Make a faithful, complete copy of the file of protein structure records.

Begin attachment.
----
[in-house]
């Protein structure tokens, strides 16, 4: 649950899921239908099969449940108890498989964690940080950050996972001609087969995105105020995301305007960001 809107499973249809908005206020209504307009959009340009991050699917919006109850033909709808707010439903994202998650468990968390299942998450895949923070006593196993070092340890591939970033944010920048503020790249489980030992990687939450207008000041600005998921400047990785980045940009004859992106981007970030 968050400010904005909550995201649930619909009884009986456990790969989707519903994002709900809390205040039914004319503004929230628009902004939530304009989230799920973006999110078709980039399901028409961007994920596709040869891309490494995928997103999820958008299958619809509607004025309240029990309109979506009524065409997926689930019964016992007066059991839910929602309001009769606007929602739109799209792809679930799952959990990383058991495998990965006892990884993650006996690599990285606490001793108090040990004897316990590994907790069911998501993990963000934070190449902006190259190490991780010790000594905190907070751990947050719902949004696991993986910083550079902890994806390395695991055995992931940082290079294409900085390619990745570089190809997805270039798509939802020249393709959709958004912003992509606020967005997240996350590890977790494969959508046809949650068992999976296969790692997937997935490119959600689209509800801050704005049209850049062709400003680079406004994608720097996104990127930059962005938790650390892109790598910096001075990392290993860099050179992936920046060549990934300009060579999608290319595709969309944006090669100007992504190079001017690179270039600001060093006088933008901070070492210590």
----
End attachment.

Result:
[in-house]
């Protein structure tokens, strides 16, 4: 649950899921239908099969449940108890498989964690940080950050996972001609087969995105105020995301305007960001 809107499973249809908005206020209504307009959009340009991050699917919006109850033909709808707010439903994202998650468990968390299942998450895949923070006593196993070092340890591939970033944010920048503020790249489980030992990687939450207008000041600005998921400047990785980045940009004859992106981007970030 968050400010904005909550995201649930619909009884009986456990790969989707519903994002709900809390205040039914004319503004929230628009902004939530304009989230799920973006999110078709980039399901028409961007994920596709040869891309490494995928997103999820958008299958619809509607004025309240029990309109979506009524065409997926689930019964016992007066059991839910929602309001009769606007929602739109799209792809679930799952959990990383058991495998990965006892990884993650006996690599990285606490001793108090040990004897316990590994907790069911998501993990963000934070190449902006190259190490991780010790000594905190907070751990947050719902949004696991993986910083550079902890994806390395695991055995992931940082290079294409900085390619990745570089190809997805270039798509939802020249393709959709958004912003992509606020967005997240996350590890977790494969959508046809949650068992999976296969790692997937997935490119959600689209509800801050704005049209850049062709400003680079406004994608720097996104990127930059962005938790650390892109790598910096001075990392290993860099050179992936920046060549990934300009060579999608290319595709969309944006090669100007992504190079001017690179270039600001060093006088933008901070070492210590």